New User Special Price Expires in

Let's log you in.

Sign in with Facebook


Don't have a StudySoup account? Create one here!


Create a StudySoup account

Be part of our community, it's free to join!

Sign up with Facebook


Create your account
By creating an account you agree to StudySoup's terms and conditions and privacy policy

Already have a StudySoup account? Login here

Communications 344- Week Three Notes

by: Kyndra Harris

Communications 344- Week Three Notes Comm 344

Marketplace > Western Illinois University > Communication > Comm 344 > Communications 344 Week Three Notes
Kyndra Harris
GPA 3.5

Preview These Notes for FREE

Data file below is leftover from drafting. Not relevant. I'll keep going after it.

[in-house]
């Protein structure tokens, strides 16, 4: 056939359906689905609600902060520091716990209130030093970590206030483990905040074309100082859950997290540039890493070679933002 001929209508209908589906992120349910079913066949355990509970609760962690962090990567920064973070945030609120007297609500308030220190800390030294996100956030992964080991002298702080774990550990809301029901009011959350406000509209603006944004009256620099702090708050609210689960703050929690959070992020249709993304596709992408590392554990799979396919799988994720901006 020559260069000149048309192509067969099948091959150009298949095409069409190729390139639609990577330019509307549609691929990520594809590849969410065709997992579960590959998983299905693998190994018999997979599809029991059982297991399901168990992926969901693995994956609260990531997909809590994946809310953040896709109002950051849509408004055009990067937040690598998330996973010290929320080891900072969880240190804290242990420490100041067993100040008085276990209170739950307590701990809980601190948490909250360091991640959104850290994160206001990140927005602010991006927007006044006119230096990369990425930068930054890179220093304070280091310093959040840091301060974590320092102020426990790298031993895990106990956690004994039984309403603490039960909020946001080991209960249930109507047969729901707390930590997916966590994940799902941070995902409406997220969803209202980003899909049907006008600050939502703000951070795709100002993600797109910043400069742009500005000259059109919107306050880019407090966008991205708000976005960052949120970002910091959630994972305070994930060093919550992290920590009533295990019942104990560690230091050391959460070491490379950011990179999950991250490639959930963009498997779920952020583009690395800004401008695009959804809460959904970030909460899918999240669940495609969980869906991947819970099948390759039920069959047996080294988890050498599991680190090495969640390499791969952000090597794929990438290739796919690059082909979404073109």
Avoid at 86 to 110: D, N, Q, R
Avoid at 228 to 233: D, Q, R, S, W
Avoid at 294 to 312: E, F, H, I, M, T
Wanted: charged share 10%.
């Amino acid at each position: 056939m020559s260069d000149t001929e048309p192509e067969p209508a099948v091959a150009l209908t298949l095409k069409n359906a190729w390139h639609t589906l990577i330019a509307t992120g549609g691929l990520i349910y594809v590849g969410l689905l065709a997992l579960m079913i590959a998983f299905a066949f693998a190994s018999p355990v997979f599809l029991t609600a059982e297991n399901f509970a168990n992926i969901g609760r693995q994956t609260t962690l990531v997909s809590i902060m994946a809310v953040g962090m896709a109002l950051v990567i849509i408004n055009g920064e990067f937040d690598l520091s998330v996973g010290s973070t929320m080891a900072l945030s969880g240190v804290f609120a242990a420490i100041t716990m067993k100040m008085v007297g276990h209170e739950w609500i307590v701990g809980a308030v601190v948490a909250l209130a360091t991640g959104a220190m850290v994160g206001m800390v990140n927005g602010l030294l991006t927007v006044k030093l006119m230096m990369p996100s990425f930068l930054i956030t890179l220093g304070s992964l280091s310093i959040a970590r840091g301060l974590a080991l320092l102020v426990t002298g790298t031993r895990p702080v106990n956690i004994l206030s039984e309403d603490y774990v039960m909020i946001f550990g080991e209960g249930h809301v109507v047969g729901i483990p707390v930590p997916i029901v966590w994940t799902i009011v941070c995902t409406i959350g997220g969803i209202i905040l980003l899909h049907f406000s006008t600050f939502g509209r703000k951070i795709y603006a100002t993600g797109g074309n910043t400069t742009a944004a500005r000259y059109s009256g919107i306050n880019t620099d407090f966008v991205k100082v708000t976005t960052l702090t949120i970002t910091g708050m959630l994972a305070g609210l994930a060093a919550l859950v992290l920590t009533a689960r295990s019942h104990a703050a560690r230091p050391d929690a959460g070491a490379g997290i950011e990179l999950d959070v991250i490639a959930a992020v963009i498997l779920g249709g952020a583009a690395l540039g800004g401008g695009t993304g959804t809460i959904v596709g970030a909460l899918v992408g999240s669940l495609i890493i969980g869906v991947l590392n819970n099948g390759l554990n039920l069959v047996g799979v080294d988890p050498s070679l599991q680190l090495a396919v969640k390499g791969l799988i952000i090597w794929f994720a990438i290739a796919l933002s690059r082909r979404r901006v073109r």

Get a free preview of these Notes, just enter your email below.

Unlock Preview
Unlock Preview

Preview these materials now for free

Why put in your email? Get access to more of this material and other relevant free materials for your school

View Preview

About this Document

These notes are dated from February 2-4 and cover the self-concept.
Interpersonal Communication
Dr. Nathan Miczo
Class Notes
Communications, Interpersonal
25 ?




Popular in Interpersonal Communication

Popular in Communication

This 3 page Class Notes was uploaded by Kyndra Harris on Tuesday February 23, 2016. The Class Notes belongs to Comm 344 at Western Illinois University taught by Dr. Nathan Miczo in Winter 2016. Since its upload, it has received 32 views. For similar materials see Interpersonal Communication in Communication at Western Illinois University.

Popular in Communication


Reviews for Communications 344- Week Three Notes


Report this Material


What is Karma?


Karma is the currency of StudySoup.

You can buy or earn more Karma at anytime and redeem it for class notes, study guides, flashcards, and more!

Date Created: 02/23/16